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Forecars

March 12, 2012

At the turn of the century, passenger seating was still to be determined.  Motorcycle trailers worked somewhat, as described in our earlier article with some faults. But a very comfortable seat could be had in a forecar.  With supple leaf springs, as well as some give from the wicker chair and the padded upholstery, it was easy to coerce a beautiful maiden into a Sunday drive through the countryside.   She was able to breathe the fresh air and see the sights, which were two things that a trailer passenger had trouble doing.  With a wool blanket on her lap, she may even keep warm during the colder months. 

 

But where are these forecars today?  Surely there was a downside to all this beauty, otherwise the forecar would have become the standard method of carrying a passenger…  The added weight and dubious handling of the three wheeler was certainly not appreciated by the motorbike, nor by the pilot.  But I think that the real Achilles heel of the forecar was that the missus doubled as the impact zone of the vehicle.  And that dubious handling meant that forecars saw more than their share of road accidents and spills.  And after a crash, surely the lady wouldn’t be apt to give it another go. 

 

Illustration from The Motor magazine, circa 1904.1904 styles

 

From Ixion.Ixion forecar_thumb[1]

An early  Reading Standard twin cylinder, with a very light weight wicker chair.

forecar reading standard

 

A drawing showing the basic steering linkages of a forecar. Even more complicated versions also existed.forecar chassis

 

This Quadrant shows some details of the front end of a three wheeler.  A special feature of this bike is the tilting and steering front wheels.  No other examples of this design remain today.  Photo taken on the Pioneer Run a few years ago.Quadrant tilt steering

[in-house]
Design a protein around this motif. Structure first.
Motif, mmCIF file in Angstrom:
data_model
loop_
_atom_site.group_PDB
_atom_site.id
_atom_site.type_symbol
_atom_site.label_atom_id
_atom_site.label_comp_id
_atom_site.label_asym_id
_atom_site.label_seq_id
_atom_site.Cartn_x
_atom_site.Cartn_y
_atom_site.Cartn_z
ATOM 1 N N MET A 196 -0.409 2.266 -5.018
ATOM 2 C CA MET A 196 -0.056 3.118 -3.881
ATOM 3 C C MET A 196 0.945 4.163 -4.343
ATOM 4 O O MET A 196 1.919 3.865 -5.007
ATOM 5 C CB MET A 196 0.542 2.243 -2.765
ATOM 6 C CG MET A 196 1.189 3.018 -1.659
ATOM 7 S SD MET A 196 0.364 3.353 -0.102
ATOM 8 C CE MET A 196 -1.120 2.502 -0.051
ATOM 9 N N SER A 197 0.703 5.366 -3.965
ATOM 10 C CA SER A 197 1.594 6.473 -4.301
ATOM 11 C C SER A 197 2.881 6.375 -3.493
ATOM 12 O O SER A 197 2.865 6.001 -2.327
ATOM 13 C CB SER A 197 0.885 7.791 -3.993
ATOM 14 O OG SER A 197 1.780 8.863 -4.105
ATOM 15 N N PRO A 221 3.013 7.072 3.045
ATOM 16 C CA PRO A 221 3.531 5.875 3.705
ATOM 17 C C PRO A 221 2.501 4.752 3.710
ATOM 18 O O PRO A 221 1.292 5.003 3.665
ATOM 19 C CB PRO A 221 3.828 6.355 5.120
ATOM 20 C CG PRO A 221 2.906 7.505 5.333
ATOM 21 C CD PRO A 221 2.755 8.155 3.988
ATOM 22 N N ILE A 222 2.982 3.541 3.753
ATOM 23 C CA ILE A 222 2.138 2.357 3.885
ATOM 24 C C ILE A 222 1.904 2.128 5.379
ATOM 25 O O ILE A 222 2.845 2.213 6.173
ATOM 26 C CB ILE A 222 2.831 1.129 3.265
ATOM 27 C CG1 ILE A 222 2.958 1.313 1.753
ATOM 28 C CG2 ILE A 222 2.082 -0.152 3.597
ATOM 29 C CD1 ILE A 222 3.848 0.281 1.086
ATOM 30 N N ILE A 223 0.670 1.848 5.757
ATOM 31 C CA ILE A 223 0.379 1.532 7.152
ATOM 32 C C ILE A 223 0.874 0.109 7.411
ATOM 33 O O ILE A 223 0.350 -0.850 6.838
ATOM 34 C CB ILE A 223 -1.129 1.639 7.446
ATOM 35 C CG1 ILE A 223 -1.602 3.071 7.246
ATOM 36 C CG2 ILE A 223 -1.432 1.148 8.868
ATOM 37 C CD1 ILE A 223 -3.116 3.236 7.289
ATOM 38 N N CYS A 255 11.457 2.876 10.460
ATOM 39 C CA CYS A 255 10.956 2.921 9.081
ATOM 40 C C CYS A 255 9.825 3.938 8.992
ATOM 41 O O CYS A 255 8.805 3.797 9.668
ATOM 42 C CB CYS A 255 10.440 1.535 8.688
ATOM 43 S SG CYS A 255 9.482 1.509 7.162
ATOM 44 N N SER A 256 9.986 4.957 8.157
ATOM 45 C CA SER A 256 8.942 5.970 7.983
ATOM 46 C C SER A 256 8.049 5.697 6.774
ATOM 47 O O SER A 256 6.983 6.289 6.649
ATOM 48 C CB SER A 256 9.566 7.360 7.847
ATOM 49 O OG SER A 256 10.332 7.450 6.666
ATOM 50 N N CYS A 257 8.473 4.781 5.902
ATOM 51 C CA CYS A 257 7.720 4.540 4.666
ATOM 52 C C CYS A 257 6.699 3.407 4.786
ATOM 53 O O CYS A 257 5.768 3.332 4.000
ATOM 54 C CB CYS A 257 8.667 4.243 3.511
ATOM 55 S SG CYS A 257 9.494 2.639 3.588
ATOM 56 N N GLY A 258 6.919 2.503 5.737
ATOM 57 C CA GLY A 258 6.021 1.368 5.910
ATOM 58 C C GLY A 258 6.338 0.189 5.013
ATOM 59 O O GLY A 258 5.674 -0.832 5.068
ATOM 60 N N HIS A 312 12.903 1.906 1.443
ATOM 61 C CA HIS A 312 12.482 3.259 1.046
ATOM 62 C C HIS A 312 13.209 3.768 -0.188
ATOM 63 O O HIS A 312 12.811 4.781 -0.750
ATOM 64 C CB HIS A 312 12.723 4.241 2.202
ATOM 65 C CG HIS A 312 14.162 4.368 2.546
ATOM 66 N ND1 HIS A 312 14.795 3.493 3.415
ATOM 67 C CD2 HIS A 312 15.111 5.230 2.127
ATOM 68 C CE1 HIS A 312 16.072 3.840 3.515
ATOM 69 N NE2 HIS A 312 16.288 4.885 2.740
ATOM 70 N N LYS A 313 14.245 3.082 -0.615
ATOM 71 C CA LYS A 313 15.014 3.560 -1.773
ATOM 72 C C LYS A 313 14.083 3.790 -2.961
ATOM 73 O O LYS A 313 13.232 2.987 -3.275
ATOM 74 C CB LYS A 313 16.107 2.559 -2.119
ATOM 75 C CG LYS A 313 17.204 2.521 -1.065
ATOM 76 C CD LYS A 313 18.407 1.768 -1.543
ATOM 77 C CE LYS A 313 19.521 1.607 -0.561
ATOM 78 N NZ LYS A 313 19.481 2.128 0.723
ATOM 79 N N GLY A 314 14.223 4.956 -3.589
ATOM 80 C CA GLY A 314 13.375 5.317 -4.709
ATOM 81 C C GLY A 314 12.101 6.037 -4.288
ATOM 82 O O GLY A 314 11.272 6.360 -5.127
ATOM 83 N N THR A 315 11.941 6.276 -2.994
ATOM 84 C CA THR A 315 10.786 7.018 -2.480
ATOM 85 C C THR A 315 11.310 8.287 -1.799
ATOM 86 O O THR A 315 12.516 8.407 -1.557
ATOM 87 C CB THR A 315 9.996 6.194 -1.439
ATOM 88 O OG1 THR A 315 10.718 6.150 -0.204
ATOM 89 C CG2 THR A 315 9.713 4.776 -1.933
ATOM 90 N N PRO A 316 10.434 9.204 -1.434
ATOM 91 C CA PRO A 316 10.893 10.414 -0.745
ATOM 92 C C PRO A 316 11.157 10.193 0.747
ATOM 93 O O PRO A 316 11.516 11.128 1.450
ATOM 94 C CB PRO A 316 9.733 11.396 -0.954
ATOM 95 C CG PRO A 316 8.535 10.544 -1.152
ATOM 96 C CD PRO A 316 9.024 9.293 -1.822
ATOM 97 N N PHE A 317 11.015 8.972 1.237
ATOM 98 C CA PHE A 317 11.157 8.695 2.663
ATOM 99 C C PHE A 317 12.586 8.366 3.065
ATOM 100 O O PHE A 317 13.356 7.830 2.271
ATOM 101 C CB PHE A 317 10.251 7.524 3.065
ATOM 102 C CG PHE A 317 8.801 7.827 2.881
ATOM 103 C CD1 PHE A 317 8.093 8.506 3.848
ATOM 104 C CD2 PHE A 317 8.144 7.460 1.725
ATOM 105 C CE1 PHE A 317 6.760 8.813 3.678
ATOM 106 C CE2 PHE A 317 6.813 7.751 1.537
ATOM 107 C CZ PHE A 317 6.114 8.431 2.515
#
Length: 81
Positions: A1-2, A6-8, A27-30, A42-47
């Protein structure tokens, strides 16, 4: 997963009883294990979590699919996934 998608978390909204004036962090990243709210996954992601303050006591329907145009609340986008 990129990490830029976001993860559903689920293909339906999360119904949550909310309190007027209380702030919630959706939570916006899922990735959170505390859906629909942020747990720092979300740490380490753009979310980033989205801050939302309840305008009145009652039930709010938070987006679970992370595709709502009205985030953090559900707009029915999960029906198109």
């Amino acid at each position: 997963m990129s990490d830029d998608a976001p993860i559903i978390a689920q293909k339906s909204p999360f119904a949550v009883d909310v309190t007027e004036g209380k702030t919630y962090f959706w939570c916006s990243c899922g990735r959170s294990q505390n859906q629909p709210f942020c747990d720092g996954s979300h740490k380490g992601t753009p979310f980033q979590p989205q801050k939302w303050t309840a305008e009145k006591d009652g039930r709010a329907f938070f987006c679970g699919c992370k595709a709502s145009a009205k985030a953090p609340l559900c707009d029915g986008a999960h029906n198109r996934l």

Phoenix Trimo, again from the Pioneer Run.  This is a relatively big setup.  Note the front brakes and the fan to cool the cylinder head.  And the big cover on the front to keep the passenger warm and dry.England_Paris 027

 

Another Phoenix Trimo, and with a two speed rear hub!  In 1904, that predates the use of multiple speeds in a motorcycle by a few years.  This photo and the next are from the National Motor Museum in Beaulieu:

trimo

 

rex tricar

 

1904 forecar and girls 

 

There weren’t many methods to carry three people on a ‘bike. But this one from Mills and Fulford featured two saddles on the frame in addition to the seat in the front…. Milford, 1904

 

This a photo of an old Indian and forecar that I found on ebay.

IMG_0995

   

This image of the Coventry Eagle and the next few of the Phoenix, Humber, Rex and Ormonde are all from the book The Veterans with a forward by Lord Montagu. They show some of the typical design details of the frames, seats and suspensions.  If you don’t have a copy, it can be found via the link. It is basically a reprint of advertisements circa 1903, with a few details.1903 Coventry Eagle

1903 Phoenix Trimo

1903 Humber

 1903 Rex1903 Ormonde

 

A Riley at Christmas, 1907Riley 1907

We’ll finish with an odd one, the Century Forecar.  Featuring a driver’s seat, not a bicycle saddle.  And an interesting frame for the passenger seat that wraps all the way around.  From the Beaulieu museum.

century forecar

4 Comments leave one →
  1. Jim Gilfoyle permalink
    March 12, 2012 9:33 am

    Pete, your blog is awesome. Always an interesting read. Thanks, and keep up the good work.

  2. March 12, 2012 9:34 pm

    Howz the Excelsior doing? I am waiting for my gear coming still. Soon I think. Other problems keeping me from wrenching tho. You first! Thanks, Paul Venne

    • March 13, 2012 7:34 am

      hola Paul. The X is still patiently waiting for me. I have the rods and big end bearing done, but now I need to make up a new mainshaft. The old one was OK, but the centerdrill in the end was buggered up sometime in the last 90+ years. So when I put it between centers to align the flywheels, that one shaft is already .003 out before I even start! dang it. There is always something…

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